Views from the Galil

View of the north from Moreshet. Unfortunately Mt. Hermon was obscured by clouds. (click to enlarge)

Nefesh B’Nefesh (NBN), the organization that promotes aliyah for North Americans, has a section on their website called “Communities.”  Just about every single community in Israel is listed there, whether a city, town, moshav, or yishuv.  Arranged both alphabetically and geographically, there is a brief description of each community, along with the type of population they cater to, the age groups, level and type of religious observance, cost of housing, percentage of English speakers, etc.  One community listed there sounded particularly appealing:  it was on a mountaintop in the Galil with not much else nearby; the views were astounding, and it attracted both religious and non-religious Jews, with everyone getting along quite nicely.  I could practically picture religious and secular Jews sitting around a campfire singing “Kumbaya.” For the purposes of this blog, I’m going to give it a pseudonym:  “Mitzpeh Mazeh.”

So I arranged a meeting with one of Mitzpeh Mazeh’s “macher-founders” who had lived there for the past 25 years, who hailed originally from New York and had the accent to prove it.  Located 10 minutes south of Karmiel, the Galil’s newest large city, we wended our way up and up and up the mountaintop.  It has magnificent views!  Before we would meet with our guy, I wanted to stop in the yishuv’s makolet (convenience store/market) for a cold drink.  But when I asked someone who was walking around how to find the makolet, they only laughed.  “We don’t have a makolet.”

Red flag!  I don’t care how tiny the community, in Israel just about every place has its own makolet.  It’s where you pick up milk, bread, eggs and cottage cheese because you don’t feel like shlepping to town, even if the prices are a bit higher.  It’s where you find out what’s new with your neighbor, who just had a baby and who is sick; you discuss politics or mention the latest bestseller.  There could be reasons why there was no makolet, but none of them were good:  either too many residents bought on credit and then couldn’t come up with the funds later in the month so the owner went broke; or there are some sort of politics and petty jealousies or crazy bureaucracy that kept the makolet from functioning.  I hate to generalize, but the absence of a makolet is a sign of dysfunction.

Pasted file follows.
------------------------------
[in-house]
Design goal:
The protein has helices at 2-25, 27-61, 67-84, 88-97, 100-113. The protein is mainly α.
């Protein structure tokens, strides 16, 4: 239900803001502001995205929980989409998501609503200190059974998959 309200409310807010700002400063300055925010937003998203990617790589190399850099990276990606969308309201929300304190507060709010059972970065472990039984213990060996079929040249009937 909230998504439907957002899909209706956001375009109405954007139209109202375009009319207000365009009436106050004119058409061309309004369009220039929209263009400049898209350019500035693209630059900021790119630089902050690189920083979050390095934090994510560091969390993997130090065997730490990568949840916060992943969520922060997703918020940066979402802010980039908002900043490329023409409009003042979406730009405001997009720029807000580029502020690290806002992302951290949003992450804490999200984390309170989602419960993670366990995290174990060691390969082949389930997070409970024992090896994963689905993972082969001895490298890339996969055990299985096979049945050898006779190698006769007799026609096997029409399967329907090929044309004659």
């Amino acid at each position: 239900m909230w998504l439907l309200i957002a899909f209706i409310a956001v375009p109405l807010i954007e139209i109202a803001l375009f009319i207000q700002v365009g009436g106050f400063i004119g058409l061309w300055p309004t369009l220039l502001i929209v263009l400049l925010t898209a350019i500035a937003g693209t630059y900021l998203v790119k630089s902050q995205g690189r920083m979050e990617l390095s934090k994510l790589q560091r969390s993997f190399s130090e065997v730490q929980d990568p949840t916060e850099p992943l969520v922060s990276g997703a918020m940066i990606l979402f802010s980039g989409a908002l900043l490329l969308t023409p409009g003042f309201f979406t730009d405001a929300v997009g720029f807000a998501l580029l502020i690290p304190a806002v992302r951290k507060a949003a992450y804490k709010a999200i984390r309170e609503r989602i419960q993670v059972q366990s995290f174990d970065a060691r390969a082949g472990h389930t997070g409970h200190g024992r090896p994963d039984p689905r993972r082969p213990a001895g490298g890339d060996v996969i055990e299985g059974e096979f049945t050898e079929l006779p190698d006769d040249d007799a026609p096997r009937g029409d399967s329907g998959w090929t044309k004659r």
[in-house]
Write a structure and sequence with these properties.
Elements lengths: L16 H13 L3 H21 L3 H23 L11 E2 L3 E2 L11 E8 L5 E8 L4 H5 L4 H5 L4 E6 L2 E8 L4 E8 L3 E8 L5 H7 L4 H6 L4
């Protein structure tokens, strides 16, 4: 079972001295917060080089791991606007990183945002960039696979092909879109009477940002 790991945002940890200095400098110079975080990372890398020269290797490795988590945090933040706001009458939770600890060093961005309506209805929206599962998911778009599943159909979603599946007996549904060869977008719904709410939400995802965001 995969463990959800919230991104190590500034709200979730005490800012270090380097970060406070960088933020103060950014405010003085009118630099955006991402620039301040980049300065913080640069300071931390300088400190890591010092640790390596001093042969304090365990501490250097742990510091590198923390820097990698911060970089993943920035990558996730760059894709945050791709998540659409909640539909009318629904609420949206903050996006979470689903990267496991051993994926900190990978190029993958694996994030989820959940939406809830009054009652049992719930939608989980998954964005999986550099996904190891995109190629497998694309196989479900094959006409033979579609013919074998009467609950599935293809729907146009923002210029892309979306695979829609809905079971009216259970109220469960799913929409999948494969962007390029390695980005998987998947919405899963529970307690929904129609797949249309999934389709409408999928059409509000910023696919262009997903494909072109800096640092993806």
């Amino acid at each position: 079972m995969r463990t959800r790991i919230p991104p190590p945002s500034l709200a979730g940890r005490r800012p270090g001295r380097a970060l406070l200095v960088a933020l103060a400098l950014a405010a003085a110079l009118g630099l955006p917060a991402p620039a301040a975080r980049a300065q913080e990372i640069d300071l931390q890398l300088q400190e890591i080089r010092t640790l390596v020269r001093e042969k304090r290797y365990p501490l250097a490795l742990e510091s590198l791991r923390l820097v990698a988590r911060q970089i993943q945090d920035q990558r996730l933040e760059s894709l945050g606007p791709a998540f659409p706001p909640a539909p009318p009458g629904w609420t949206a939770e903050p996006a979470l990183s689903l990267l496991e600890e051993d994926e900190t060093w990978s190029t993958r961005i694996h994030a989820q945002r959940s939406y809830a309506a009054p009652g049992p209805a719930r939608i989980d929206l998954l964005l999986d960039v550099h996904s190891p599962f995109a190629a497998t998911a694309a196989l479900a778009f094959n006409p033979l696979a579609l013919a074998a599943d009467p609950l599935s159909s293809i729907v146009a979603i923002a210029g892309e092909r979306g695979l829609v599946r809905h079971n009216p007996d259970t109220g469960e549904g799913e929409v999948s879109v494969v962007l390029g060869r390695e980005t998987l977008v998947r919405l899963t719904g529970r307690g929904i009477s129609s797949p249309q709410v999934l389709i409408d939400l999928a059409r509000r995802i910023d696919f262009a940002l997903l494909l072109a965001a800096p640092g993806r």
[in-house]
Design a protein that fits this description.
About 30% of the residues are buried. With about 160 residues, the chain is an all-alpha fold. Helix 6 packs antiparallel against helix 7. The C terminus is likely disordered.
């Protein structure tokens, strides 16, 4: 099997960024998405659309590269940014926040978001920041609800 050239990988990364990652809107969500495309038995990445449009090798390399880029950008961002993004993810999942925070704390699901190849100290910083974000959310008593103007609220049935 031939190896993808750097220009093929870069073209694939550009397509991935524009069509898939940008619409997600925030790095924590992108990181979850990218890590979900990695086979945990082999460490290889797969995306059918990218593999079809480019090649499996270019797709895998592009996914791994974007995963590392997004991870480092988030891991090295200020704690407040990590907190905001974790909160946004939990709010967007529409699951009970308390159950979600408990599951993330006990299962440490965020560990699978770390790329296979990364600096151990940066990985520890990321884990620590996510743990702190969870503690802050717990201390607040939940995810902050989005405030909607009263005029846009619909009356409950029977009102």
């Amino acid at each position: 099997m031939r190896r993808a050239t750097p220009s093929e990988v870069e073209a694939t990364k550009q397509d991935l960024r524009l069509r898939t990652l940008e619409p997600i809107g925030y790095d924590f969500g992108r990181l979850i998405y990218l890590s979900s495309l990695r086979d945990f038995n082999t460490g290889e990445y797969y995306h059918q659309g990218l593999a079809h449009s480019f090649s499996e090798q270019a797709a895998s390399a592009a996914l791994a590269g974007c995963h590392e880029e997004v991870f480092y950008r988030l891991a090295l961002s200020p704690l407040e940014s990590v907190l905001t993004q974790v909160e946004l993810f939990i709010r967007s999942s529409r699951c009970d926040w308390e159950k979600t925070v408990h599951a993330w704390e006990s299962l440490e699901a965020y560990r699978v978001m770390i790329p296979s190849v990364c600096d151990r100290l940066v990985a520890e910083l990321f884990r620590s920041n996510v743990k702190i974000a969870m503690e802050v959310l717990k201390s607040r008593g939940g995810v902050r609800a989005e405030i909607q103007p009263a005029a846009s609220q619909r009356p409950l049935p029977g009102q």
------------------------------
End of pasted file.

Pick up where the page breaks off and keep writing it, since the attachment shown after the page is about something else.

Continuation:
And true enough, there were no sounds of “Kumbaya.”  The old guard, a bunch of die-hard idealists, were just that:  old.  Many of them left the yishuv when they had to stop driving, or moved to be closer to children in the big city who could better watch over them as they aged.  The new people coming in were exclusively young, and non-observant, and they had little tolerance for anything to do with religious life.  As all of this was sinking in, the macher told us, “Listen, don’t be offended, you seem like nice people, but this place is not for you.”  We had already figured that out on our own, so we were not offended.  But the macher told us that because we didn’t have young kids in school that would serve as a bridge to others in the community, there would be nothing to give us a sense of connection to the place.  The oldsters had been together for 25 years, and while they would be nice to us, they didn’t need new best friends.  We would be lonely there, he said, and we agreed.

Because religious life had become de-emphasized with the influx of the new generation of non-religious residents, religious members of the yishuv tended to go to nearby religious settlements when they wanted to partake of a holiday, a class, or religious celebration.  “But,” he chortled, “that also has its downside, because the closest religious settlement to this one is more observant than the most religious person here.  A few months ago some of the guys went to that yishuv – – it’s called “Moreshet” – – and they came back shaking their heads, saying that something came up and they had a whole discussion about it  – – this one saying that such-and-such rabbi held a certain way, and another saying that such-and-such rabbi held differently, and they couldn’t agree on anything!”

“Hah,” I laughed, looking at my husband.  Picturing the chaos that ensued under the guise of religion, I said, “Remind me to avoid going to that community!”  We thanked the macher (he really was a very nice guy) and continued on to Karmiel, where we visited with friends and spent the night.  For reasons I shan’t go into here, it became rapidly apparent that Karmiel was not a good match for us, so the next morning we set out quite early to do some more sightseeing and make our way slowly back to Be’er Sheva.

Once again we passed the turnoff for “Mitzpeh Mazeh” and continued down the steep, windy Galil roads.  We passed a huge, walled, luxurious-looking  campus compound surrounded by several layers of barbed wire and lookout towers.  It was “Raphael,” Israel’s most sophisticated and secret weaponry research and production facility for high-tech defense systems for air, land, sea and space applications.  It’s sort of the Israeli equivalent of Los Alamos.  Raphael employs thousands of Israeli scientists and engineers who have top security clearances; 6,500 people work there.     We looked in our extremely detailed atlas, but Raphael’s location (tellingly) was not listed.